Structure of the report: 26 Great Books You've Been Too Busy to Read. Couch to 5K. BELTA. Learners thinking. Language Magazine Telling Stories - Language Magazine. 7 tips to study smarter. Underlining and highlighting, reading the material over and over again and cramming — these common study habits don’t actually help retain information, a Washington University professor has found. Want to make that time you spend hitting the books worthwhile? Use study sessions to test yourself, says Henry Roediger III, a professor of psychology and co-author of “Make It Stick: The Science of Successful Learning.”

"Failure is an option. Fear is not”: Creating a safe intellectual space for learning SmartBlogs. This month, SmartBlog on Education is exploring classroom design and management — just in time for the new school year. In this blog post, educational leadership professor Maria Boeke Mongillo offers five ideas for “constructing a space that supports possibilities rather than perfection.” Film director James Cameron once said that young filmmakers should adopt the motto “Failure is an option. Alfie Kohn Is Bad for You and Dangerous For Your Children. The perils of “Growth Mindset” education: Why we’re trying to fix our kids when we should be fixing the system. One of the most popular ideas in education these days can be summarized in a single sentence (a fact that may help to account for its popularity).

Difficult Situations make Good Experiences: A realistic account of work placements abroad. Most Common Workplace Abbreviations. Arsen – između ironije i straha. Kiran Gandhi: Zašto sam trčala maraton krvareći. Titulu doktorice znanosti Josipa Brglez stekla na njemačkom Max Planck institutu. Koliko nas skupo košta ispodprosječnost učenika? Free and Fair ELT. Introduction to Teaching Pronunciation Workshop - Adrian Underhill (COMPLETE) Can We Be Lovers & Not Have Sex? Fuel Creativity in the Classroom With Divergent Thinking.

Jesi li izdajnik ako ne mrziš Slovence. Znanost je dokazala da čitanje djeci uistinu mijenja njihov mozak. New Study: Immersing Yourself in Art, Music & Nature Might Reduce Inflammation & Increase Life Expectancy. Top ten facts about knowledge. 38. David Crystal - Ilkley Literature Festival. Evidence Based EFL: Do women and men process language differently? Is it neuroscience or neurosexism? Amazon.co. Lesson Jamming - A Model for Planning Lessons in Groups. Building confidence in the next generation of women public speakers - Ania Kolbuszewska - The C Group. Winning the Interview - Hacking the System Video. Yes, I'm Pretty and I'm Traveling Alone  The top 10 edtech lessons I’ve learnt after 15 years in schools. Why I Can No Longer Teach in Public Education  Educentar - edukacija - tečajevi, seminari i ostali edukativni programi Istraživanje pokazalo: Matematičari prolaze bolje u životu. Ključne kompetencije za građane 21. stoljeća.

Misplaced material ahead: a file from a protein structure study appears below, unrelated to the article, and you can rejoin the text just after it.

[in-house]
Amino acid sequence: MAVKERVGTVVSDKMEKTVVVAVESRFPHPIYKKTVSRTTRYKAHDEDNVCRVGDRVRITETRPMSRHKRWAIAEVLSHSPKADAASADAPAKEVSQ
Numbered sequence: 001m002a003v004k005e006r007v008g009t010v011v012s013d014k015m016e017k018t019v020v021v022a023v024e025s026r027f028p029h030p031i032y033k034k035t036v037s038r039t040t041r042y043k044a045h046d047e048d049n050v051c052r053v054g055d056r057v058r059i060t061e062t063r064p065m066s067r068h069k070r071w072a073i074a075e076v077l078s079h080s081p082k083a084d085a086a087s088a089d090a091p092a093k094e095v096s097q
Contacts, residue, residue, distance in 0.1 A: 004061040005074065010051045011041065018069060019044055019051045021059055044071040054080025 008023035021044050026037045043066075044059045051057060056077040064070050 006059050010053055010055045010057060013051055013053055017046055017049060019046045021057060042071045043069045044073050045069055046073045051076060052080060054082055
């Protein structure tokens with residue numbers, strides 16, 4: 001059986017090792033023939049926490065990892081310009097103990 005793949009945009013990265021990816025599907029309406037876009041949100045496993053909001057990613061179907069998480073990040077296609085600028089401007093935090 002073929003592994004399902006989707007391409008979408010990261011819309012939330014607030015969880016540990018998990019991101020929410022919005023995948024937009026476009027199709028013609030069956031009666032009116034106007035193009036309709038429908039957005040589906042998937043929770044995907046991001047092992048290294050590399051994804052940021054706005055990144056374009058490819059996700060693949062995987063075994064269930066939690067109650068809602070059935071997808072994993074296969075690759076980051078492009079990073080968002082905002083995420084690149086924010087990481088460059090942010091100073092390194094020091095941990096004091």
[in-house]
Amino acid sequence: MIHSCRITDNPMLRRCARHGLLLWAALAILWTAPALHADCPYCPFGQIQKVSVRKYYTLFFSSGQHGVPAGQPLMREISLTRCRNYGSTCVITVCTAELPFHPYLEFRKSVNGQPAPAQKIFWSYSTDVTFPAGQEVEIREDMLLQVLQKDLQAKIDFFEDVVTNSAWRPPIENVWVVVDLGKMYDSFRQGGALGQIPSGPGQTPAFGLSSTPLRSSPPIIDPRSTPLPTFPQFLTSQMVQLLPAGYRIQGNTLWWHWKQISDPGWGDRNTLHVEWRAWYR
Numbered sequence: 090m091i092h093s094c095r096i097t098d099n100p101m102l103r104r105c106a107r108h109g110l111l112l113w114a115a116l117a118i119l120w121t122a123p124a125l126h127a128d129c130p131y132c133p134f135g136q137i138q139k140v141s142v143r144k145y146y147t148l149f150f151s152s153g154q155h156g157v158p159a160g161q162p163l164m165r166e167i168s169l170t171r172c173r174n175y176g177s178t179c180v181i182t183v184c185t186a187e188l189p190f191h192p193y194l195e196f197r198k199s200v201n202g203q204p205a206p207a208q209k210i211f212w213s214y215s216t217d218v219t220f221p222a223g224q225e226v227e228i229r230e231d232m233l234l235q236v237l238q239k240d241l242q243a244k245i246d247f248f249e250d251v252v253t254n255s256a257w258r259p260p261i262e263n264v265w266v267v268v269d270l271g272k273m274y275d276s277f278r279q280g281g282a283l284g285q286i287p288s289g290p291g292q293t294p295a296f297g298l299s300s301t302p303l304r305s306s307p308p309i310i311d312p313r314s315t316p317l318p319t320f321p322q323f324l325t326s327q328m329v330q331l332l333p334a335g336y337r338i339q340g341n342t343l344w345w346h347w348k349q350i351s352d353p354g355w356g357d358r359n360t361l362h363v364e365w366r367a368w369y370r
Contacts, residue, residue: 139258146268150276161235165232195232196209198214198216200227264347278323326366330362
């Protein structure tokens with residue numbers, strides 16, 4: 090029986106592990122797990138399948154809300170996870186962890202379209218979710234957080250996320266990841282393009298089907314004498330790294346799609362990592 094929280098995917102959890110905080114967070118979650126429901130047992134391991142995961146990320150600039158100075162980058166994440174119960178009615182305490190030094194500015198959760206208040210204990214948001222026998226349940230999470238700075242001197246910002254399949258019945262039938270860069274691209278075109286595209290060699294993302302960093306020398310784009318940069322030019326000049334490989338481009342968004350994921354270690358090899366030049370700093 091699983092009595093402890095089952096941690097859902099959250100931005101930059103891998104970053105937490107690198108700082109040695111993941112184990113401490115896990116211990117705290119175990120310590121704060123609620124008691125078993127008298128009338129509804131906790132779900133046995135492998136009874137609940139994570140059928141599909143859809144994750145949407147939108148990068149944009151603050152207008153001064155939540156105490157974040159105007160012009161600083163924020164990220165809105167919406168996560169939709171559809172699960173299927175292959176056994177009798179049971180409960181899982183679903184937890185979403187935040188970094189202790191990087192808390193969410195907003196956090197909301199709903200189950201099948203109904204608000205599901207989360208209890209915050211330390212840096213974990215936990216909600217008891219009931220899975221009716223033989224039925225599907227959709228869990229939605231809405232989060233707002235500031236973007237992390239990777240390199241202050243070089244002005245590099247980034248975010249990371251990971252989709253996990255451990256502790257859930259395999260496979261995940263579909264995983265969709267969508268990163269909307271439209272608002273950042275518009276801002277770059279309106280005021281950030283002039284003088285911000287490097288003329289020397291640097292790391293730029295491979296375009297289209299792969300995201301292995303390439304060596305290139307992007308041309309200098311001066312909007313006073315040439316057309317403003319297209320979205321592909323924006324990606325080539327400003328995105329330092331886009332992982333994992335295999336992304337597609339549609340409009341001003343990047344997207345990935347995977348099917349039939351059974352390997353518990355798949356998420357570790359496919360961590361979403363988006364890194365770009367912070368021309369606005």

Kakve digitalne kompetencije nam trebaju? The Native Speaker Delusion. ‘Cheeky Postcards: Lessons learned from being a trainer on TEFL courses’ by Daniel Baines. ‘The importance of being a Native English Speaker’ by Stephen Bruce. Reflecting on Creativity and activities that can foster IT. Beyond: Recognising non-verbal communication. Eduu - Kết nối giáo dục. Parents Need To Be Reminded That Teachers Are People Too. Your Words of Encouragement to Us. Learning By Thinking: How Reflection Improves Performance. SVJETSKI MEGA CAR – RAMBO AMADEUS: Šta sad serete? Jeste li svi jednoglasno glasali za kapitalizam i nacionalizam? GODIŠNJICA SMRTI MATE PARLOVA: Ne mogu biti NACIONALISTA, ja sam svjetski prvak! 11 Habits of an Effective Teacher.

English Language Professionals. (Almost) Infinite ELT Ideas. ‘I don’t have talent’ and other language learning myths. Yes, You Can Teach and Assess Creativity! The TEFL Show by MarekKiczkowiak_RobMcCaul. Trips and Tips: Testing 1—2—3… in Three Countries. 19 Ted Talks That Will Transform Your Language Learning and Life. James Rhodes: 'Find what you love and let it kill you' I Lie To My Customers Every Day. Becoming an active member: The 5 C’s.  Alan Maley - The C Group. 10 Male Athletes You Didn’t Know Were Vegan. Misli svako da je učitelj bit' lako. Nik Peachey - Creativity in the language classroom_0. How Rewards kill our Creativity. What can Minecraft teach us about creativity? (Seven Ideas) Classroom practices: too much or not enough?

Why you’ve been doing it wrong. Random commentary on teaching English as a foreign language. Does your school have a teaching philosophy? ELL and ELT not quite in the Can. My interview with Adrian Underhill.